Despite the praise, the moves cannot be justified as simply as many would claim. Defenders of GM claim the plants are losing money, and even though GM made $11.8 billion in profits last year, in the long-term the company cannot afford the plants if it wants to stay competitive. What these commentators, and almost every news article on the subject, fail to note is that the alleged $6 billion in savings is dwarfed by the $10.6 billion the company has spent on stock repurchasing programs since 2015. Stock repurchasing programs are very popular amongst shareholders and top executives whose pay is tied to the company's stock price, as it is a way to artifically buoy a company's stock price resulting in massive returns for shareholders. In fact, 2018 saw some $1 trillion of stock buybacks, a red flag for those who argue that mass layoffs from companies like GM are just simple economics.

Additionally, Barra and GM's decision may have been praised as forward thinking, but the move is simply an about-face from GM's move 10 years ago, when it closed its Dayton, Ohio plant because of poor SUV sales due to high gas prices. Now the situation is simply reversed; GM is closing plants to shift production to SUVs since gas prices are lower. Not exactly revolutionary thinking. This is to say nothing of the fact that the Detroit-Hamtramck plant already produces an electric car, the Chevrolet Volt.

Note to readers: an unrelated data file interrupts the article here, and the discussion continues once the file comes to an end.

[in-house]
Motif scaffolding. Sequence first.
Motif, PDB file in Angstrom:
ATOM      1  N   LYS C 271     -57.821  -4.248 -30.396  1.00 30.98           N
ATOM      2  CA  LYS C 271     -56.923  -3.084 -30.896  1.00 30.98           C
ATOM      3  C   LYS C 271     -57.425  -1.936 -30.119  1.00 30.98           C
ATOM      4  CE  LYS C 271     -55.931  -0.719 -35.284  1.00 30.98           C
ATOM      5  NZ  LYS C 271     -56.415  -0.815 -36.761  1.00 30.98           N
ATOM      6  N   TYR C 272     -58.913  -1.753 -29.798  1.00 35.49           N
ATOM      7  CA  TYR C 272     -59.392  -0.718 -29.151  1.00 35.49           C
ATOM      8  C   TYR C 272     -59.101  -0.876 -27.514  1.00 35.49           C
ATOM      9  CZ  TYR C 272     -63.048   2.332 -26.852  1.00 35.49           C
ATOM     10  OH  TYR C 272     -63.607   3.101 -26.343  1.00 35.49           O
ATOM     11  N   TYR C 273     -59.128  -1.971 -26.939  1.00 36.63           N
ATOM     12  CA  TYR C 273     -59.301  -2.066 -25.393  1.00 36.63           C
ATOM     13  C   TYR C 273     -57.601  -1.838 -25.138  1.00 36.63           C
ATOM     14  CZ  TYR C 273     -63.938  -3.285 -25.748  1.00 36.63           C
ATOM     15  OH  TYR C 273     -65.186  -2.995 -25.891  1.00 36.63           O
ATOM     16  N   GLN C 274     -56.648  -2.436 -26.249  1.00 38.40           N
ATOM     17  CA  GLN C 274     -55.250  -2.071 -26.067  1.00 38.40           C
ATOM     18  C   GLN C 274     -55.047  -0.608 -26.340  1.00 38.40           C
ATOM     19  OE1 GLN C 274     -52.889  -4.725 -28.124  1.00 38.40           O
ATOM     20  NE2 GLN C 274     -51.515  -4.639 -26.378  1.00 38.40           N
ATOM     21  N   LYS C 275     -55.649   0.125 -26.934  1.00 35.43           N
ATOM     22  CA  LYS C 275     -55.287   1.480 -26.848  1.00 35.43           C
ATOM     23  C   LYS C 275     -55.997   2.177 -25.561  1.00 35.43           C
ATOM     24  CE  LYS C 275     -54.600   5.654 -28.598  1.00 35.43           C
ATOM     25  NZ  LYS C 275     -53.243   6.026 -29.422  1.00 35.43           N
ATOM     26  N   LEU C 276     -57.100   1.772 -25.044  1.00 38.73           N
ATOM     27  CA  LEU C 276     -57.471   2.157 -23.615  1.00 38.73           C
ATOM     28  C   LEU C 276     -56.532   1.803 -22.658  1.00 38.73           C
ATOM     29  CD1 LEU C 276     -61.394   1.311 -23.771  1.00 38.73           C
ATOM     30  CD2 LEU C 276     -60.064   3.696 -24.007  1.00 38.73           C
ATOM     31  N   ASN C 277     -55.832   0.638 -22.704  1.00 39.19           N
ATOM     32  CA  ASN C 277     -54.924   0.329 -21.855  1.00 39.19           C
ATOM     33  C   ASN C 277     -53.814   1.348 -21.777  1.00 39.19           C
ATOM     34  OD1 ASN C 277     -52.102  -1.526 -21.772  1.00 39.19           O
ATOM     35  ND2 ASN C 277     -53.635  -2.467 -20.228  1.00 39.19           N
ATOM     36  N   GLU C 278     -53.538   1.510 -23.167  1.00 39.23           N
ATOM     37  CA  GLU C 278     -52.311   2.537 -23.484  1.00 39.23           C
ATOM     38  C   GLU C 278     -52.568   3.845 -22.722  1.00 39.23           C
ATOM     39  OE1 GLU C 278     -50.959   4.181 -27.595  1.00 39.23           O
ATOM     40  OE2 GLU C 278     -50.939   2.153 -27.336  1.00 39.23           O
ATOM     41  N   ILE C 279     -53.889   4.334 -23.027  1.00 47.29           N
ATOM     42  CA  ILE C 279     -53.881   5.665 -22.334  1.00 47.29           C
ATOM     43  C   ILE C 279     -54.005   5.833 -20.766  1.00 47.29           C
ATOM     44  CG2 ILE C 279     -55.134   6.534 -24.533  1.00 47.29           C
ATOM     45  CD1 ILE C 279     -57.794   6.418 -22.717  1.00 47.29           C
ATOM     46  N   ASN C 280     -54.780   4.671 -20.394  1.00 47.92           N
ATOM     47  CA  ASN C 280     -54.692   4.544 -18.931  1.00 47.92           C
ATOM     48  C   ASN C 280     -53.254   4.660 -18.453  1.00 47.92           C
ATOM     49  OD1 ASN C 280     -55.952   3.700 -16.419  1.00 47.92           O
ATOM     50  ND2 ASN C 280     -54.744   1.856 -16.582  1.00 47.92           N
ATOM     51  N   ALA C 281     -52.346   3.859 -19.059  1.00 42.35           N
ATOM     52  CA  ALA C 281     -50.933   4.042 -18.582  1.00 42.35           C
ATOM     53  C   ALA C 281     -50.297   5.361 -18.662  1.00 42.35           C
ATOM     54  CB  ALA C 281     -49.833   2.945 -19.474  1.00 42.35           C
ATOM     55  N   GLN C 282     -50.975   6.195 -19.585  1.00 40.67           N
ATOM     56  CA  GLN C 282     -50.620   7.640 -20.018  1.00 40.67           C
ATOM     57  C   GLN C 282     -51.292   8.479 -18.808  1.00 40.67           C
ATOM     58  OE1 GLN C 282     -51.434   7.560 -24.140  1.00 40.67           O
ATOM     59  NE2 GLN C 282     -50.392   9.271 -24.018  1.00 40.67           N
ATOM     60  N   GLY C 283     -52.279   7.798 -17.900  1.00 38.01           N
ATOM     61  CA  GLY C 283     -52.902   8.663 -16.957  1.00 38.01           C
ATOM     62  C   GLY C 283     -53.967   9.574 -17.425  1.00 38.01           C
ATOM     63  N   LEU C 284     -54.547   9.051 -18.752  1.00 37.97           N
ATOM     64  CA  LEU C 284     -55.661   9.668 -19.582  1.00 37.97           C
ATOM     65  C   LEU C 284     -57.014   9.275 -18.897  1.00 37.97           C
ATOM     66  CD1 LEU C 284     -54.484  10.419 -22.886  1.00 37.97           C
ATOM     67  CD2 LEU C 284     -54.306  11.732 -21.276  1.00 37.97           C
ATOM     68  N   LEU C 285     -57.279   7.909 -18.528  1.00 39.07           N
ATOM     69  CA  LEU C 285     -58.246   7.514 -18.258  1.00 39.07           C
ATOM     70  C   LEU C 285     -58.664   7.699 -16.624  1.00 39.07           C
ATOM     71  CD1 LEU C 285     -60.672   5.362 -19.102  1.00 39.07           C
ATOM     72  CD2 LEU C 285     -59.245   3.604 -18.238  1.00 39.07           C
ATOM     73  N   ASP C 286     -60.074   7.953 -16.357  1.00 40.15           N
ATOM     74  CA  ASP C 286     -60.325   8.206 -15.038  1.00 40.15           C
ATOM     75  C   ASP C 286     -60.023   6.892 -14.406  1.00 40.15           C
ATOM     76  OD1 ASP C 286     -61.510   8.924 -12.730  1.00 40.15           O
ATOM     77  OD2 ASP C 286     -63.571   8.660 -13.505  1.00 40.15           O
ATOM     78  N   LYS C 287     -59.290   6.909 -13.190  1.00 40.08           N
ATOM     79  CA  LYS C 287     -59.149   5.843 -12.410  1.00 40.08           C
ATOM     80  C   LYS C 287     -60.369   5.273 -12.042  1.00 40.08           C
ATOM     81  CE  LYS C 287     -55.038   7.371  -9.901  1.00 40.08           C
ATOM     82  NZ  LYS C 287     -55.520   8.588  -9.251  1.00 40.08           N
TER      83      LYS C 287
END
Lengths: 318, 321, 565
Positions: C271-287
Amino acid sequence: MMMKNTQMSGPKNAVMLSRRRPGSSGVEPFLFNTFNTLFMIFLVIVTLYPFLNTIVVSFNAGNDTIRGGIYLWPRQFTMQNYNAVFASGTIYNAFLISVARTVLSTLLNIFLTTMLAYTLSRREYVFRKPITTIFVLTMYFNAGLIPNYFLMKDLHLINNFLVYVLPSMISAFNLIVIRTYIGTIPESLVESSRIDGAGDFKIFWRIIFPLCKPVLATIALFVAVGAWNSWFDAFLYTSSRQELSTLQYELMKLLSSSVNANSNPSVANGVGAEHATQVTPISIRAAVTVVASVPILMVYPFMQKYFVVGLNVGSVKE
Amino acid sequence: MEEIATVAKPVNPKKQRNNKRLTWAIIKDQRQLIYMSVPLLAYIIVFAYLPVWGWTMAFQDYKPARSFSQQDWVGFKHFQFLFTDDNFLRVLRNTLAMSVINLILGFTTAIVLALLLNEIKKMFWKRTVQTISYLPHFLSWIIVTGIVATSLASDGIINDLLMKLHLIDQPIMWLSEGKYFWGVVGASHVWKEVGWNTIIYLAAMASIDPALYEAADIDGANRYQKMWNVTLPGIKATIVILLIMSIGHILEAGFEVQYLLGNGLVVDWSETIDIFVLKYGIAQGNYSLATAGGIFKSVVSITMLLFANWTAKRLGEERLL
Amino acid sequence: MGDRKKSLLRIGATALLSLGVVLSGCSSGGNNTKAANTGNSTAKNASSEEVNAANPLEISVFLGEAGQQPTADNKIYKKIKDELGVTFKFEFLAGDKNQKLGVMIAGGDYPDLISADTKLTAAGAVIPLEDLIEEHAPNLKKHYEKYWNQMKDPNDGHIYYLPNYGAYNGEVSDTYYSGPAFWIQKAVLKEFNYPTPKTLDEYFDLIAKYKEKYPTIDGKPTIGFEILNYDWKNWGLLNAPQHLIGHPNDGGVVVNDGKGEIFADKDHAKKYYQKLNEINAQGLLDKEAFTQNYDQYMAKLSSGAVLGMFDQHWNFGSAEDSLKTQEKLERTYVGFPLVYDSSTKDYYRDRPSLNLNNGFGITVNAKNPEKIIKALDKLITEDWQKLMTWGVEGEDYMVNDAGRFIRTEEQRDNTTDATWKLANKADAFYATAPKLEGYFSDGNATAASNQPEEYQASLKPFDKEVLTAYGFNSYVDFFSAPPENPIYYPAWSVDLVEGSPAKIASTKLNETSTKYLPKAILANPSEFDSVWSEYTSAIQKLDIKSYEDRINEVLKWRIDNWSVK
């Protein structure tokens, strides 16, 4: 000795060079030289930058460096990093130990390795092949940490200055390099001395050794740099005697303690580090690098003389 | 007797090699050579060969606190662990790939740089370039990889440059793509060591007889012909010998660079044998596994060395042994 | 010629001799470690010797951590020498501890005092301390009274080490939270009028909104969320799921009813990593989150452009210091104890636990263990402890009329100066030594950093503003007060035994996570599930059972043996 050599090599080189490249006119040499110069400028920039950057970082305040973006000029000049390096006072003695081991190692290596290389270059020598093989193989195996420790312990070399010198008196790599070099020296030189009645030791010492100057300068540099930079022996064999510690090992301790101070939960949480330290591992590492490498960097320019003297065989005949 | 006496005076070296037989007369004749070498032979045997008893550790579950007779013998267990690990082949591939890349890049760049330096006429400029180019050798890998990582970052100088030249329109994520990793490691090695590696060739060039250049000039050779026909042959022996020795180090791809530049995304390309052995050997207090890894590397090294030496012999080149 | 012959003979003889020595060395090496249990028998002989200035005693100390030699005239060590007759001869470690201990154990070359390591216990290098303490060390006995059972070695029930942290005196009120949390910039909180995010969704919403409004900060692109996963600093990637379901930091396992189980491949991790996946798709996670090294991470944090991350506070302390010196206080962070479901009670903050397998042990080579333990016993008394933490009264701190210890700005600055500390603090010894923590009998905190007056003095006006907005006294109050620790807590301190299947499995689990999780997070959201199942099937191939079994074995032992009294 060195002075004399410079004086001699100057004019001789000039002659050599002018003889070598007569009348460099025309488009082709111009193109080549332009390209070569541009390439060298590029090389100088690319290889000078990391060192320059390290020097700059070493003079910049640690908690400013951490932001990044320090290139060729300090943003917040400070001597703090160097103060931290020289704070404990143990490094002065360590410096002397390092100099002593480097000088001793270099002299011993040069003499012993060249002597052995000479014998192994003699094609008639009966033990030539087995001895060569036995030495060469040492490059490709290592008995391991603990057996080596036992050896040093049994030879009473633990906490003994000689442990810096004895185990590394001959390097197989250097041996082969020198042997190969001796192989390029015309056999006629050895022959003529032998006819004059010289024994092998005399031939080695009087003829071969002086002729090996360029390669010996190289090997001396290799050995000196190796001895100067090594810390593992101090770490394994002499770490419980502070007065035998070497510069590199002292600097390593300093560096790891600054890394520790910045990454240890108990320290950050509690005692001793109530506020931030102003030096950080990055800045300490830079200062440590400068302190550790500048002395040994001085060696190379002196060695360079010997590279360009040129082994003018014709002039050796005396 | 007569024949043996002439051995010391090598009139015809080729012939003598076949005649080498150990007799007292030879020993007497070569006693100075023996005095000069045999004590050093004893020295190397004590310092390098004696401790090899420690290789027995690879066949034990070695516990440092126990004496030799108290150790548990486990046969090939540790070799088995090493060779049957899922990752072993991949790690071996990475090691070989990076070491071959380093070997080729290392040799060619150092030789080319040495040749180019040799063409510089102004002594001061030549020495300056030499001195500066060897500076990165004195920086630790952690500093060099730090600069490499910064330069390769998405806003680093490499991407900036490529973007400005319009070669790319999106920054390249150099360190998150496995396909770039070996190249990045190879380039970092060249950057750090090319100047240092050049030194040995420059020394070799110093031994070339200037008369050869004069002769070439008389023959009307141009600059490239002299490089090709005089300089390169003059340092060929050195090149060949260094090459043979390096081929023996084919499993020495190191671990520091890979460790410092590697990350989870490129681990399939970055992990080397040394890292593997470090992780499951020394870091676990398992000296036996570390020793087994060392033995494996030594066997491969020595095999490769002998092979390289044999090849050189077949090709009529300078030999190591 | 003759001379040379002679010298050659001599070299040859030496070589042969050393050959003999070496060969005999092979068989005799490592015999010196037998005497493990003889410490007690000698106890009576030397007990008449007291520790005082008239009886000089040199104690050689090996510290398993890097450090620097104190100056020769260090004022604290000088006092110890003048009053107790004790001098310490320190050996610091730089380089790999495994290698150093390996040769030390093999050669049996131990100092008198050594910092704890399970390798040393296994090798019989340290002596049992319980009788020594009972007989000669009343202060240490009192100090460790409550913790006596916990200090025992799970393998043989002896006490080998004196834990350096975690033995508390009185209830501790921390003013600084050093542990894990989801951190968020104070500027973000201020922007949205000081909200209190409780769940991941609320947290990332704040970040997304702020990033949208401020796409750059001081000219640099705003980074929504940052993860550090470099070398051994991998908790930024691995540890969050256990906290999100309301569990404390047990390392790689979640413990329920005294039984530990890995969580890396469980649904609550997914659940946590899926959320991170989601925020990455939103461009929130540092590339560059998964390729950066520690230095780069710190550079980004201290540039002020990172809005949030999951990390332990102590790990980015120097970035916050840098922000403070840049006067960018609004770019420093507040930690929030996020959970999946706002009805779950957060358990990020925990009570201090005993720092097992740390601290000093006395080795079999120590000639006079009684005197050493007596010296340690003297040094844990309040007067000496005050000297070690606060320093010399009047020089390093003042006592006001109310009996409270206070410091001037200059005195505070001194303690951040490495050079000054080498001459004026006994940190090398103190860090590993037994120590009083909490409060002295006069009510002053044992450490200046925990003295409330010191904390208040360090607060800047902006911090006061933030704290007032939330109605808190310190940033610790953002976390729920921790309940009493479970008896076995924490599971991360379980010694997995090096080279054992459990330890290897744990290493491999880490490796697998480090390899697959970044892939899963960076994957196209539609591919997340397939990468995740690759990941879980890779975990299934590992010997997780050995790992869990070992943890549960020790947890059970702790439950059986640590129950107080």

All of this comes after the disgusting display of corruption that was GM's $50 billion taxpayer funded bailout in 2009. At the time, Obama administration official Harry Wilson helped engineer the bailout while secretly arranging a campaign of gross corporate raiding. In a display of corruption so brazen that even Forbes seemed hesitant to paint it in a positive light, Wilson colluded with hedge funds to buy shares of GM, and then pressure GM to use its bailout money to engage in mass share repurchasing programs. The stock buybacks ensured that a large chunk of the taxpayer money would be used to enrich Wilson and his hedge fund accomplices, rather than keep plants running. Wilson and his hedge fund allies made a killing from the scheme, and Wilson is now a major Republican Party fundraiser.